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Tackling single-use plastic : 6605 pieces avoided in 2018

In our 4 months of being Incredible Bulk in 2018 we are excited to say that our customers have avoided a grand total of 6605 pieces of single-use plastic. We’re thrilled with this number and excited to see what 2019 will bring.

This number is made up of a great mix of items, the easiest to avoid when shopping with us is single-use food packaging, totalling 4452 pieces, including 377 cereal packets, 261 packets of rice and 106 packets of pasta. Next up is bathroom plastic totalling 1225 - this number does include 700 cotton buds! But also 344 shampoo / conditioner / body wash bottles, 135 toothbrushes and 46 floss containers which would’ve been 1380 meters of plastic floss that would’ve ended up in the bin, or worse down the loo. There is now 336 less kitchen sponges now out there with our customers making the switch to natural alternatives and at least 3120 meters of plastic cling film has been avoided with our customers buying beeswax wraps. At least 64 single-use plastic straws have been avoided and 18 water/drinks bottles. Our customers have also helped recycle 174 used coffee cups by buying the R Cup reusable coffee cup where each one is made from 6 used cups, and as R Cup says nothing is fully recycled until it is reused so its great to see those coffee cups finally being put to good use!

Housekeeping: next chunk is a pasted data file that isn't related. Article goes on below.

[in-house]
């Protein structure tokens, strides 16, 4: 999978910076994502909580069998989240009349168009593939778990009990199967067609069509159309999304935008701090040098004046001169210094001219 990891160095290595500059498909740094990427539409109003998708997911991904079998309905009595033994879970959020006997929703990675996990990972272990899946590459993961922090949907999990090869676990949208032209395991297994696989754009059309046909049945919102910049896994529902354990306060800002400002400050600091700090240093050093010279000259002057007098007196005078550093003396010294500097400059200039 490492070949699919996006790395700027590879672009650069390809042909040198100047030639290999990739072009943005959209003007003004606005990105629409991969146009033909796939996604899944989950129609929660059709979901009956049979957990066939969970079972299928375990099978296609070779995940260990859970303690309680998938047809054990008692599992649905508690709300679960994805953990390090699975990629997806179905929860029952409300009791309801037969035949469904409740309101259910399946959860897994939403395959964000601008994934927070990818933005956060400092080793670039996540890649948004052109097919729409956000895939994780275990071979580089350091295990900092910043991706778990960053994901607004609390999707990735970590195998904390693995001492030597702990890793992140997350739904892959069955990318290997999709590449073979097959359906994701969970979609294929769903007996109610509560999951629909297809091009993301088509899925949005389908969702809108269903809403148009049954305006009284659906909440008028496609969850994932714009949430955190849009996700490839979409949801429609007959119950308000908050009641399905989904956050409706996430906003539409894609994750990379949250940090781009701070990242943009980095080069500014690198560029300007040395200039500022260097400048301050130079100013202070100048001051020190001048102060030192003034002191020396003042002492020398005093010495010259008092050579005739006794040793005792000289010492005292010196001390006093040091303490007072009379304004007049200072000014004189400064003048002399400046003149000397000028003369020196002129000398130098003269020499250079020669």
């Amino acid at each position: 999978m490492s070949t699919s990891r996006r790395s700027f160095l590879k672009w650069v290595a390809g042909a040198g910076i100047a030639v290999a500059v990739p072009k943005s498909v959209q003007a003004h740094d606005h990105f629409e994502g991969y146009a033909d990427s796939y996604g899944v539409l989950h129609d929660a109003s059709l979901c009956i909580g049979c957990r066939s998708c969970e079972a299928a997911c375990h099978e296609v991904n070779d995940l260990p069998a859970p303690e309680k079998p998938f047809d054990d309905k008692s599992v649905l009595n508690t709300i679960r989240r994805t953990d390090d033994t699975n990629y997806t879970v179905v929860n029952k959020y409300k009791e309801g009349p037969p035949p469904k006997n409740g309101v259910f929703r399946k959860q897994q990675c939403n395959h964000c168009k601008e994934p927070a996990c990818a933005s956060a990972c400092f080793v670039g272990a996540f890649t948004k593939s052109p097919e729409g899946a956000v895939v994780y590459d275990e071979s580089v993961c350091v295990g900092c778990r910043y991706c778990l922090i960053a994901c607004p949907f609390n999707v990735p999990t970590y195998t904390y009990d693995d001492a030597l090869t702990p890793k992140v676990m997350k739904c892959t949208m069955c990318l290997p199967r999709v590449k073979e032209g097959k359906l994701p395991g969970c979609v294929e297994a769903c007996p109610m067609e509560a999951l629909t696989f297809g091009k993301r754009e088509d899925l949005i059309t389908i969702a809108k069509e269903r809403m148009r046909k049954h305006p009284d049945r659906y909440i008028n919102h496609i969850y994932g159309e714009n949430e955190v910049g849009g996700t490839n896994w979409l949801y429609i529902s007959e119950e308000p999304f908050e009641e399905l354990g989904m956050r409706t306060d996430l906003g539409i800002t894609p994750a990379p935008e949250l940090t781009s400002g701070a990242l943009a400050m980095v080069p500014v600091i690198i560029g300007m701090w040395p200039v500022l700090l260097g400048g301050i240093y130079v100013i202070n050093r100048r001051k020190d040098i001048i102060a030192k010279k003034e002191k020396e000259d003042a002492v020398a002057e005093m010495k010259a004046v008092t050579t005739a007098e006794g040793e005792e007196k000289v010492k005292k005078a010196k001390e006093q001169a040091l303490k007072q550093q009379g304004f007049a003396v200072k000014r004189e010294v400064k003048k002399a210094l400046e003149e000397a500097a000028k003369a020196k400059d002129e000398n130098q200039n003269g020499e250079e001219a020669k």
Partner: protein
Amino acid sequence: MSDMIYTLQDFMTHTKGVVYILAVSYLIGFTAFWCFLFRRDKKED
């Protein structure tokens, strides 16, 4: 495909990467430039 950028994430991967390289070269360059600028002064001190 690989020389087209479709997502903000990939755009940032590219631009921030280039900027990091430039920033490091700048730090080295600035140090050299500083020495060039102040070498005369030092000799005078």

We want to say a huge thank you to all of our customers who have supported us this year and have made this possible and for those of you yet to come to the van we hope this inspires you and lets you know how we can all make a difference.

Image taken from the lovely Christmas card we received from the awesome Surfers Against Sewage

Image taken from the lovely Christmas card we received from the awesome Surfers Against Sewage

Organic September

September is organic month with the Soil Association, the UK’s largest organic certification body. This Saturday is the day to get involved with independent shops across the country showcasing their organic ranges. We thought it was the perfect time to explain why we think organic is important and let you know our own policy on organic produce when it comes to our product selection.